A $4 million research boost, announced by the Federal Government today, promises to change the lives of our littlest stroke survivors.
The funding will be provided to Stroke Foundation for the provision of a world-first study, trialling established time critical adult stroke treatments in babies and children.
Stroke Foundation Clinical Council member and paediatric neurologist Associate Professor Mark Mackay said the research was an exciting and much needed step forward in helping our littlest stroke patients survive, grow and thrive.
“Each year up to 600 Australian children suffer a stroke; one in 20 die and more than half of survivors will experience long-term impairments,” A/Prof Mackay said.
“When a stroke strikes the brain, it kills more than 1.9 million brain cells per minute. Time-critical clotdissolving and retrieval therapies can stop this damage, but currently children do not have access to them.”
Stroke Foundation will partner with the Murdoch Children’s Research Institute, paediatric neurologists, emergency physicians, adult stroke specialists, ambulance services and parents to transform the care of children with stroke by dramatically decreasing time to diagnosis and increasing the number of children receiving emergency stroke treatment.
The Australian Paediatric Acute Code Stroke (PACS) study will design, develop and evaluate a national protocol to increase the proportion of children (aged 1 month to 18 years) with stroke that are diagnosed within 4.5 hours of stroke onset. The study will use decision support tools and advanced brain imaging technologies.
Stroke Foundation Chief Executive Officer Sharon McGowan welcomed the announcement saying it would benefit the hundreds of Australian families devastated by childhood stroke every year.
“The PACS study is a world first which will benefit children with stroke for generations to come,” Ms McGowan said.
“The impact of childhood stroke is far reaching. We know families struggle because they simply don’t know what the future holds and how their child’s development may be impacted. The burden of stroke can last a lifetime.
“I am so proud Australia is leading the way on this research, but importantly that parents of children with stroke are key partners in every part of the study. Together, we will change the way stroke is treated in children nationally and internationally,” she said.
Funding for the study was provided by disbursements from the Government’s 10year, $220 million investment to boost research into heart disease and stroke through the Medical Research Future Fund’s (MRFF) Mission for Cardiovascular Health. The need to establish a Mission for Cardiovascular Health was born from the development of the National Action Plan for Heart and Stroke by Stroke Foundation and the National Heart Foundation.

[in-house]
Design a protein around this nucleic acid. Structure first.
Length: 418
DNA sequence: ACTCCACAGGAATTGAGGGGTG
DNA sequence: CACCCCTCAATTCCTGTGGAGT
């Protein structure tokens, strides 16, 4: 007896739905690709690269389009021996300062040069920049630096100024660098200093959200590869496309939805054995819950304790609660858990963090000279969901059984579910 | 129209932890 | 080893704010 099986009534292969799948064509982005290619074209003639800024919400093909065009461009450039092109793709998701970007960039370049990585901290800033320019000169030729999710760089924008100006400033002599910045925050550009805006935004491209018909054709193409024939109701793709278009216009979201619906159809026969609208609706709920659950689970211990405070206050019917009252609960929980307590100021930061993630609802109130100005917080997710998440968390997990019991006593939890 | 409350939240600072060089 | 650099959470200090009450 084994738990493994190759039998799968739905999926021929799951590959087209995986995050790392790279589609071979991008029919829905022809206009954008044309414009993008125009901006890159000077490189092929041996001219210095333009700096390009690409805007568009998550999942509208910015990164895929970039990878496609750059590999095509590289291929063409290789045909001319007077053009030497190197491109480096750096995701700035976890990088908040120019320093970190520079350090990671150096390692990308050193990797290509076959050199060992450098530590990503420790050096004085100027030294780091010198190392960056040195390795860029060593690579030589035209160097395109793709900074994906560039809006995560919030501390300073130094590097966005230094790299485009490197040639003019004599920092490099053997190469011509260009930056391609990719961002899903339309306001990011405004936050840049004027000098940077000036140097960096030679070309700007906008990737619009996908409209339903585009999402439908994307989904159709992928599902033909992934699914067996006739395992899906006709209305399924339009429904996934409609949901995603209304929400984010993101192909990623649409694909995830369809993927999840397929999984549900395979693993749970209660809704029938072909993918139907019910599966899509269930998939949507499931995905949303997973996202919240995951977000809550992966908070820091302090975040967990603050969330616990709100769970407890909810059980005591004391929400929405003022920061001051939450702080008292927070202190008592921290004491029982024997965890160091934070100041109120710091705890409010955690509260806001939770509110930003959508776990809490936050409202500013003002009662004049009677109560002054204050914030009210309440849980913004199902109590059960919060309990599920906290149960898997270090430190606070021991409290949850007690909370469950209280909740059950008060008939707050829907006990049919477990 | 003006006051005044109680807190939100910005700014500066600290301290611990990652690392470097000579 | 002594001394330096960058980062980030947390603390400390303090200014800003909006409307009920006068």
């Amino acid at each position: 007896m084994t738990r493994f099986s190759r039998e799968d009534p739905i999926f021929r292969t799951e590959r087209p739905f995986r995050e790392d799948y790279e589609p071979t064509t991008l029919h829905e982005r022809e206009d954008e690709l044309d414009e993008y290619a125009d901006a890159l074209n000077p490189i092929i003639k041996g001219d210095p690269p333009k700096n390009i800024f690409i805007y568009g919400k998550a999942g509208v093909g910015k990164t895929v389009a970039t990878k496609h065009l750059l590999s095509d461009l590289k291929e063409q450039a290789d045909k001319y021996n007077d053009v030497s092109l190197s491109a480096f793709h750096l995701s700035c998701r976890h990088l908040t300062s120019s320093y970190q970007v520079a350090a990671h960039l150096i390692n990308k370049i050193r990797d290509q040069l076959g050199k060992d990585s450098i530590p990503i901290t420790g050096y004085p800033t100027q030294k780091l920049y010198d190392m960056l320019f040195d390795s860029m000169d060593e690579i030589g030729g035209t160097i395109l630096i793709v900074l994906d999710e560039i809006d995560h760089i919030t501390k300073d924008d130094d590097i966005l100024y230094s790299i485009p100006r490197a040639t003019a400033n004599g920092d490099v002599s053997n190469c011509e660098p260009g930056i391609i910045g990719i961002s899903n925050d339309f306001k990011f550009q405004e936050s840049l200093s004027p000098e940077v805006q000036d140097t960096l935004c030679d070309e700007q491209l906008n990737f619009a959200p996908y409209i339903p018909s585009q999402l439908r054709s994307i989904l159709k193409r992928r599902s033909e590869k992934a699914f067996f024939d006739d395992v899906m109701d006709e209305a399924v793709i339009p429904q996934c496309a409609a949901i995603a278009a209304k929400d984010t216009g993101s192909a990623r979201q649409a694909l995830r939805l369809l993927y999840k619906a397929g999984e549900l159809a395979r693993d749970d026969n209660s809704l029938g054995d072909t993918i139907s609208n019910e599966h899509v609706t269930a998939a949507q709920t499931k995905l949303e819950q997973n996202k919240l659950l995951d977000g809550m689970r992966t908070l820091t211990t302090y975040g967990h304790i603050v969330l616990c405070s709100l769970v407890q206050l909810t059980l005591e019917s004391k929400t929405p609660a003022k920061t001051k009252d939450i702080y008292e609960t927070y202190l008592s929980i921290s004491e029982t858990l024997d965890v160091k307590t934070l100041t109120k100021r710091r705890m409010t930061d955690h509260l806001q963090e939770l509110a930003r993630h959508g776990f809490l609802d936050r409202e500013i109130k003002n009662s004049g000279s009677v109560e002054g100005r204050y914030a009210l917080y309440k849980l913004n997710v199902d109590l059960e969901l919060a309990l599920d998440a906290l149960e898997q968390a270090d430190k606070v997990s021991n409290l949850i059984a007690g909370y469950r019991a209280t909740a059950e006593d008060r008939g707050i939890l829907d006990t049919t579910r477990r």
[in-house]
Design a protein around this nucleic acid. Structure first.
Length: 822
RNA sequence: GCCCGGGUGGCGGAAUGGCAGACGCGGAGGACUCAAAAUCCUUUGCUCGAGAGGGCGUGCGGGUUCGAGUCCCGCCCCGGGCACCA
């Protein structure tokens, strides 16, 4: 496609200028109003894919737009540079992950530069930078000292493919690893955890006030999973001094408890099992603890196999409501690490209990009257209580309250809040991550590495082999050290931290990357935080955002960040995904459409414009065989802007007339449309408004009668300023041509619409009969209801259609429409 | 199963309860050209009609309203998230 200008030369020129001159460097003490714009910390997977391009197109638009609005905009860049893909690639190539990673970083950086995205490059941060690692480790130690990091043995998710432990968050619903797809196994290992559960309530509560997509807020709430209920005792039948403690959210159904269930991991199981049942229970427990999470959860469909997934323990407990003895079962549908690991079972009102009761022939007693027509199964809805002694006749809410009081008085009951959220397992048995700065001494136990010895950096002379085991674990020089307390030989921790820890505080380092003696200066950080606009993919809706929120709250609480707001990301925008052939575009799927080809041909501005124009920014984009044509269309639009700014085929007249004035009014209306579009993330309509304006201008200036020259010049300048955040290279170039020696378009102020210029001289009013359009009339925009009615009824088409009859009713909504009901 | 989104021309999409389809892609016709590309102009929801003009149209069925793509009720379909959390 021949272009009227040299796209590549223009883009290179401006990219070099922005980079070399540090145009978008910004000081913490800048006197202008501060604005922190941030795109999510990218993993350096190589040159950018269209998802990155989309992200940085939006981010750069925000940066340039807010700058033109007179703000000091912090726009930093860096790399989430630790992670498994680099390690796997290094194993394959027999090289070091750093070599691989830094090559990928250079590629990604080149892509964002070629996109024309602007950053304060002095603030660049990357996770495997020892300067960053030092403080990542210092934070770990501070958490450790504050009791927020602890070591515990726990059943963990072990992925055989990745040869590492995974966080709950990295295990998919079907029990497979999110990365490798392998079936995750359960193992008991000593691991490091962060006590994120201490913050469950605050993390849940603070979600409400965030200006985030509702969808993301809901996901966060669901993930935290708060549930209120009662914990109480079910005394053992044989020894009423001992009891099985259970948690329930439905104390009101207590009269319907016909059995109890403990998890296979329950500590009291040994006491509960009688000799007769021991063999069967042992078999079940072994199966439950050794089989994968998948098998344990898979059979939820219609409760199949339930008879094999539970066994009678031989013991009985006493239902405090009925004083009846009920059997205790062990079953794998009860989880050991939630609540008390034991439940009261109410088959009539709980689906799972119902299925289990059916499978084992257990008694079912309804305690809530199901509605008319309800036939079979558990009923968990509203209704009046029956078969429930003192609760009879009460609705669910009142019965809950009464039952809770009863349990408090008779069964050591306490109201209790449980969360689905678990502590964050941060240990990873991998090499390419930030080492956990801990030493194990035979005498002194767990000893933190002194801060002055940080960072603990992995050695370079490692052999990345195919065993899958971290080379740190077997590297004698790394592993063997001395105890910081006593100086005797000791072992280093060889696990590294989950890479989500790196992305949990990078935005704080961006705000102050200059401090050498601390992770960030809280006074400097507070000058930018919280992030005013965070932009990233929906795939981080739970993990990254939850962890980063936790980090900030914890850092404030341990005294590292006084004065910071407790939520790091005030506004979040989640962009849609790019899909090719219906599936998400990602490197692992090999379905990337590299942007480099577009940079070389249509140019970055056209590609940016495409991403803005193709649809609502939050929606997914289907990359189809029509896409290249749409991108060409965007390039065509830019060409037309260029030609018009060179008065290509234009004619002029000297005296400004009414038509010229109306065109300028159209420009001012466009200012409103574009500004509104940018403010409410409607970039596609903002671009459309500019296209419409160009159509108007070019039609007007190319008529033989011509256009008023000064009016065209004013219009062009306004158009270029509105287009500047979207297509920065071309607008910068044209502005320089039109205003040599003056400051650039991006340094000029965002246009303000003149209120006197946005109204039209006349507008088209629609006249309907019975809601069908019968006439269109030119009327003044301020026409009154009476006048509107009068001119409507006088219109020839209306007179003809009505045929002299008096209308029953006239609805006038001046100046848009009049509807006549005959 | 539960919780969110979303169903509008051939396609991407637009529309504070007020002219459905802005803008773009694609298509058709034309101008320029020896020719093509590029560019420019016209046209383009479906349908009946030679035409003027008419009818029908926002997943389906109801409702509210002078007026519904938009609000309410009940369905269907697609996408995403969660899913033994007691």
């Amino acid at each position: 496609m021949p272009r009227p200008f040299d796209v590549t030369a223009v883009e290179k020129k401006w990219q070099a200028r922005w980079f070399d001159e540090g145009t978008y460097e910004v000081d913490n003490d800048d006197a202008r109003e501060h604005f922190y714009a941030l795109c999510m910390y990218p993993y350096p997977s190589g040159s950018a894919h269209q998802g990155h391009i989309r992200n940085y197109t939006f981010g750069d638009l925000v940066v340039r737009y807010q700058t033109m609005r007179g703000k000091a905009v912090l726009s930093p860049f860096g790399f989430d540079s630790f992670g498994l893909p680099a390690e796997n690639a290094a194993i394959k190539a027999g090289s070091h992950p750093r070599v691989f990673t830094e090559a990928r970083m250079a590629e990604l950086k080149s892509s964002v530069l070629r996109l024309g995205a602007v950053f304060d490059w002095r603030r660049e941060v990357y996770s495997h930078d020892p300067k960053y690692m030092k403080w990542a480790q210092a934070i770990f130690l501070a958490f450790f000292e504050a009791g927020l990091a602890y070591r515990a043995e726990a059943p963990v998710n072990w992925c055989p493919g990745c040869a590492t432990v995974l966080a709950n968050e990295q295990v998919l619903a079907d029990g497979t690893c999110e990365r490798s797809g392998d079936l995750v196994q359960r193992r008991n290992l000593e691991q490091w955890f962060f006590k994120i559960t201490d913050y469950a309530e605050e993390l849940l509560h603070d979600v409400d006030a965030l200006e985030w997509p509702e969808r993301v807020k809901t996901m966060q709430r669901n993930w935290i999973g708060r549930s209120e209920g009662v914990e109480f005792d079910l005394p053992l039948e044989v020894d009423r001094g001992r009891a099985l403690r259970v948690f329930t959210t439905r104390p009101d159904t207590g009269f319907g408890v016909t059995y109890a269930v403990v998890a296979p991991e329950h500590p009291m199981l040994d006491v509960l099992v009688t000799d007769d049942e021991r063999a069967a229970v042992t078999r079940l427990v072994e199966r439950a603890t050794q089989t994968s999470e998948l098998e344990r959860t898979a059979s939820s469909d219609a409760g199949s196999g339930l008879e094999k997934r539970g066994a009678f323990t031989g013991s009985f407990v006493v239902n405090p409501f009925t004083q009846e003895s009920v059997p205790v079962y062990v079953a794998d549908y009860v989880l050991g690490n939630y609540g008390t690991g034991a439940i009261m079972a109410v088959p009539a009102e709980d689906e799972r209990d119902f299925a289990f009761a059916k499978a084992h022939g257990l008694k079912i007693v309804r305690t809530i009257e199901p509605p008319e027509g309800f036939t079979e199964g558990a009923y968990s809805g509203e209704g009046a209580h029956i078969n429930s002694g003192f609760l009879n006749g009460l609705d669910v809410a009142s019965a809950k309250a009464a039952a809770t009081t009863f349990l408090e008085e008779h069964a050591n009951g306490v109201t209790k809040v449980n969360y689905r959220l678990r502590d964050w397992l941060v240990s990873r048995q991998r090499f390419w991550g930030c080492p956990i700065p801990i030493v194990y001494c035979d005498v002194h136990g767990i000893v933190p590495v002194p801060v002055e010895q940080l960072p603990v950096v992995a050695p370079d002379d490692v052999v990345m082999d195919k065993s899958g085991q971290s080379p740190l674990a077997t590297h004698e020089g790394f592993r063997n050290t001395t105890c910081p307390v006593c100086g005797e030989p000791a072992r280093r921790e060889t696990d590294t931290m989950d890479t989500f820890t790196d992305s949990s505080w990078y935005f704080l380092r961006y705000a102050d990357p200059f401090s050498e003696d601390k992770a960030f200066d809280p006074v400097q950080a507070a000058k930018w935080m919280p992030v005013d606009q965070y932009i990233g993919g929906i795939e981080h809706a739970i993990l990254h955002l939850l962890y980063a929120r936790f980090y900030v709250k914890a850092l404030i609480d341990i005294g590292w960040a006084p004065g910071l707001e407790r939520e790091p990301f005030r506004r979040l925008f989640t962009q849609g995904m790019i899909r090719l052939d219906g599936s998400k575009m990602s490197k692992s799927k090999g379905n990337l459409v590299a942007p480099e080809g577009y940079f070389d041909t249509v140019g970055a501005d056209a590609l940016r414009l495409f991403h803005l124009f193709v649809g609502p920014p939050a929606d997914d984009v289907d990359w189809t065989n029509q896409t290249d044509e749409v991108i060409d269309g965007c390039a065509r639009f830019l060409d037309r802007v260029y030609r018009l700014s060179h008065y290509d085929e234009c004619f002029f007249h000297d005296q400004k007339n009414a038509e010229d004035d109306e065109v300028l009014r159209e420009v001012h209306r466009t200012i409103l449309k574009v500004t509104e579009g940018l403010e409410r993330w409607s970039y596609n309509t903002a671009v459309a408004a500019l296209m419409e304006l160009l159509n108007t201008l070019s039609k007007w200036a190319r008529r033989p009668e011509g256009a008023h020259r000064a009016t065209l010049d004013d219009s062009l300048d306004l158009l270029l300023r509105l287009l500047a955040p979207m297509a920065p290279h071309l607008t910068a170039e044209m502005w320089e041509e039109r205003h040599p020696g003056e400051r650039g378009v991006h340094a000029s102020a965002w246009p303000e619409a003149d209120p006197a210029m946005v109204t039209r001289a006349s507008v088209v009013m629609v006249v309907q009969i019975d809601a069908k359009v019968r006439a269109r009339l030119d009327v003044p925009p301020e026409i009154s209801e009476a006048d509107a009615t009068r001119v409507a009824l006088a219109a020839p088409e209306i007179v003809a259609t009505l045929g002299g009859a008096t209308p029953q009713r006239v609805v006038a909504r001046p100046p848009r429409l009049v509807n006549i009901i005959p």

Paediatric and childhood stroke was identified as an area of need in the development of the Action Plan. The Action Plan, funded by the Federal Government, focuses on implementing evidenced based interventions to prevent, treat and support recovery from heart disease and stroke.
The draft Action Plan is currently under consideration by Government.
Childhood stroke statistics
Stroke is among the top ten causes of death in childhood with the highest mortality in the first 12 months of life.
The incidence (number of new cases per year) of childhood stroke is between 2-13 per 100,000 population.
Approximately one third of all cases occur in children less than one year of age.
50-85 percent of survivors of stroke will be left with long term problems which may include seizures, physical disability, speech or learning difficulties.
Childhood stroke survivor Emma Banks, 5
Emma had a stroke in utero, but it was not detected until she was nine months old. Her mum Dee noticed she didn’t use her right hand to eat or reach for objects and didn’t lift her knees to get into a crawling position like other babies her age.
Dee was naturally concerned and started looking for answers. The process would be a long one involving visits to a maternal health nurse, physio, paediatrician and neurosurgeon. Finally, Emma’s stroke was diagnosed and it shook Dee to the core. The life she had imagined for her little girl was now so uncertain – will Emma die? will she walk? will she have emotional intelligence?
But with the love and support of her parents and a team of health professionals, Emma continues to defy the odds. She not only walks, she runs, dances and talks and is looking forward to school next year.